It is reasonable to claim that the Torah is divided into two parts: narrative and law. Sometimes, law is intertwined in the presentation of the narrative; sometimes the narrative informs our understanding of law.
But sometimes the narrative is just that — a story enhancing the plotline of the Torah.
Could it really be that narrative is meant only to tell us history? Are we not to learn moral teachings, ethical values, and life lessons?
Most adherents of Torah as a book of values will say there is much to be learned from the stories. Admirers of the Torah will discover many moral lessons. But can this be said of every aspect of narrative? What about lineage listings? What about a particular detail that is inconsequential beyond it just being part of a story? Does it matter, for example, what color clothing someone was wearing, or what they were holding in their hand? Do we care, for example, what style of foot covering Moshe wore at the burning bush?
An argument can be made that if the Torah gives the detail, it must be significant. But what of when the commentaries have nothing to say? Is it still relevant?
There is no question that Moshe’s staff plays an important role in the annals of the Torah. But when it is introduced to us, it isn’t given the kind of press time we might expect for such an iconic item.
The staff’s first appearance comes as G-d is about to give Moshe the signs to demonstrate to the Israelites that he is being sent by G-d, as G-d says to him, “What is this in your hand?” Moshe says “matteh (a staff).” (4:2) G-d then tells him to throw it to the ground whereupon it turns into a snake, and back into a staff when Moshe grabs the snake by the tail.
The staff appears again when G-d reminds Moshe to “take this matteh in your hand, that with it you will do the signs.”
The signs? Only one sign concerned the staff. The other two had nothing to do with the staff! Three verses later we are told that Moshe “took the matteh Ha’elokim (the staff of G-d) in his hand.”
A staff, stick or scepter in the hands of a leader is a clear indicator of the leader’s position. This is demonstrated in numerous cases in the Bible, and in Moshe’s case has an added element of being a symbol of the Divine. We might not view Moshe’s staff as a magic stick, but there are certainly people in his time who did, which is why he needed to take extra care to demonstrate G-d’s power, and not his own.
Rabbi Isaac Caro, in his Toldot Yitzchak, has two concerns when it comes to Moshe’s staff. Why did G-d need to give him a staff — couldn’t the signs be performed without it? (Interesting that he assumes G-d “gave him” the staff, rather than that G-d assigned his staff to do the intended job) Why does G-d not tell Moshe to take the staff until verse 17? Why wait until after giving Moshe the signs AND the conversation of 4:10-16?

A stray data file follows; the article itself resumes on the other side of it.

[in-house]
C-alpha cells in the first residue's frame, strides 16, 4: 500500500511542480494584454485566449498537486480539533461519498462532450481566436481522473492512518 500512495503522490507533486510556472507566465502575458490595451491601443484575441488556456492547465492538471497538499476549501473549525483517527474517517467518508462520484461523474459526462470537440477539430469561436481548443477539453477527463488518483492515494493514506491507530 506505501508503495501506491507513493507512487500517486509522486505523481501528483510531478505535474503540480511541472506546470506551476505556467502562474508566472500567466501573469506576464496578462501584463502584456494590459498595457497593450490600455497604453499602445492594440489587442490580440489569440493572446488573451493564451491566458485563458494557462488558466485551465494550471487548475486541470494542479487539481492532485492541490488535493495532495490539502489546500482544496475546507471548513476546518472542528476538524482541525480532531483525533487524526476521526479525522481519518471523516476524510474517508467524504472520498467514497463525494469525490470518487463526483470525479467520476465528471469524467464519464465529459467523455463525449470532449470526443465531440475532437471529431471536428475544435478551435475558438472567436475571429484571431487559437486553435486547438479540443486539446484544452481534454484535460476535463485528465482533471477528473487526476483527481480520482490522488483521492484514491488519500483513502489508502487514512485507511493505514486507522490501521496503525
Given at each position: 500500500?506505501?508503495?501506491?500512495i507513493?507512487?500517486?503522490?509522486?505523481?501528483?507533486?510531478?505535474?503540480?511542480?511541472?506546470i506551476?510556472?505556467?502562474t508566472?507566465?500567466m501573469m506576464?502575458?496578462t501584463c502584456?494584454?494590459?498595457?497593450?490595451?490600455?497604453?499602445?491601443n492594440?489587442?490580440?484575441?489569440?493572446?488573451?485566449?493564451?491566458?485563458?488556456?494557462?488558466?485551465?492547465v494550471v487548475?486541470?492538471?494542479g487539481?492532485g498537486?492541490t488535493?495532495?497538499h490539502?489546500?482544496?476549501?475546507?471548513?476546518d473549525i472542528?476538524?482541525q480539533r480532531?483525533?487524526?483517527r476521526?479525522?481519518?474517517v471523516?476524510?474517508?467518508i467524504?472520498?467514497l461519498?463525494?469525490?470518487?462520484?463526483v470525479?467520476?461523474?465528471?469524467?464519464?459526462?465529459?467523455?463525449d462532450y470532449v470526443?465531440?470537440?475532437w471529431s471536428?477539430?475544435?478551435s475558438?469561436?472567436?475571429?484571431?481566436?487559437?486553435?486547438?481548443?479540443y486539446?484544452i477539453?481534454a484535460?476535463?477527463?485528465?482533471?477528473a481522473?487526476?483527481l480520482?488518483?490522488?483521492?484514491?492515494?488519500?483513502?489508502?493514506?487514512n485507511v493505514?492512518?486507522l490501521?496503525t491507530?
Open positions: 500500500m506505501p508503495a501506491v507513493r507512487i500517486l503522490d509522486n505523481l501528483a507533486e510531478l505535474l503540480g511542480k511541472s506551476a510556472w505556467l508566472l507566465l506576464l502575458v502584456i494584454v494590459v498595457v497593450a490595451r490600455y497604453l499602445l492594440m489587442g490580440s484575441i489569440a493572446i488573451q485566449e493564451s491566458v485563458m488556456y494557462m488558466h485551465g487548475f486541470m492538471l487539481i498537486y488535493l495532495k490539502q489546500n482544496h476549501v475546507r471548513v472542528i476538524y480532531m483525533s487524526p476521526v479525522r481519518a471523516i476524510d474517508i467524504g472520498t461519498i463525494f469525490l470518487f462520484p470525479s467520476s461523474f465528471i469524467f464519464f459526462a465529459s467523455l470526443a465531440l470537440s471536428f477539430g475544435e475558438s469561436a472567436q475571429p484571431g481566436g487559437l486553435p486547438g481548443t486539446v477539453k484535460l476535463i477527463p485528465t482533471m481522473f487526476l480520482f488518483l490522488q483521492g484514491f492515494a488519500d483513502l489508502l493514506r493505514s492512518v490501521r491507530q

Moshe’s objection in 4:1 was that the Israelites “will not believe me or listen to me” that G-d sent me. To that he was given 3 signs, to help the people believe the claims of his assigned role.
But then Moshe says, “I am not a man of words. … I have a heavy mouth and tongue” (4:10). G-d responds, and then Moshe essentially says, “Send someone else” (4:14). Rabbi Caro argues that had Moshe been told “Take the staff” before these unfortunate objections, the negativity created here would have been avoided.
And he further explains that to each of Moshe’s objections — Who am I? (3:11), they won’t believe me (4:1), I can’t speak (4:10) — G-d gave an answer that Moshe didn’t fully accept, leading him to his real objection of “Send someone else.” G-d then gave him the stick to show him that just as a dry, dead piece of wood can become a force of power, Moshe could become a force of power representing G-d.
So what is the lesson? We have the opportunity to raise our service of G-d to higher levels all the time. Sometimes we do it with accoutrements, and sometimes with items that help us perform mitzvos. A nice kiddush cup, menorah, mezuzah, Shabbos candlesticks, beautiful tefillin, tzitzis, etc.
People who read the Torah in shul have a tremendous dual responsibility: to represent the congregation through the mitzvah of reading the Torah, and to guide the person who gets the aliyah through reading their assigned words properly. This latter responsibility is particularly important when the honoree doesn’t know the words or can’t easily follow the reading.
Which is why I cannot understand the readers who insist on not using a “yad” pointer when reading. Are you such a perfect human being that your eye never wanders and you never lose the place? Is it beneath your dignity to help the person next to you? Do you feel that using a “yad” dishonors the reading in some way? Do you think it reflects poorly on your skills?
You are either unaware of the disservice you are performing for the person who has the aliyah, or you are simply arrogant. If the former, please consider yourself informed and take corrective action. If the latter, please also consider yourself informed and take corrective action here, and in every other area of your life as well.
Perhaps Moshe was told his staff was necessary for the plural signs, because there is more than one way for a staff to be used. It doesn’t only turn into a snake. Sometimes it shows people the proper way. If Moshe needed a stick so he could understand his role as G-d’s messenger better, how much effort does it really take for a “shaliach tzibbur” (representative of the congregation) to pick up a tiny stick and help people fulfill their mitzvah better?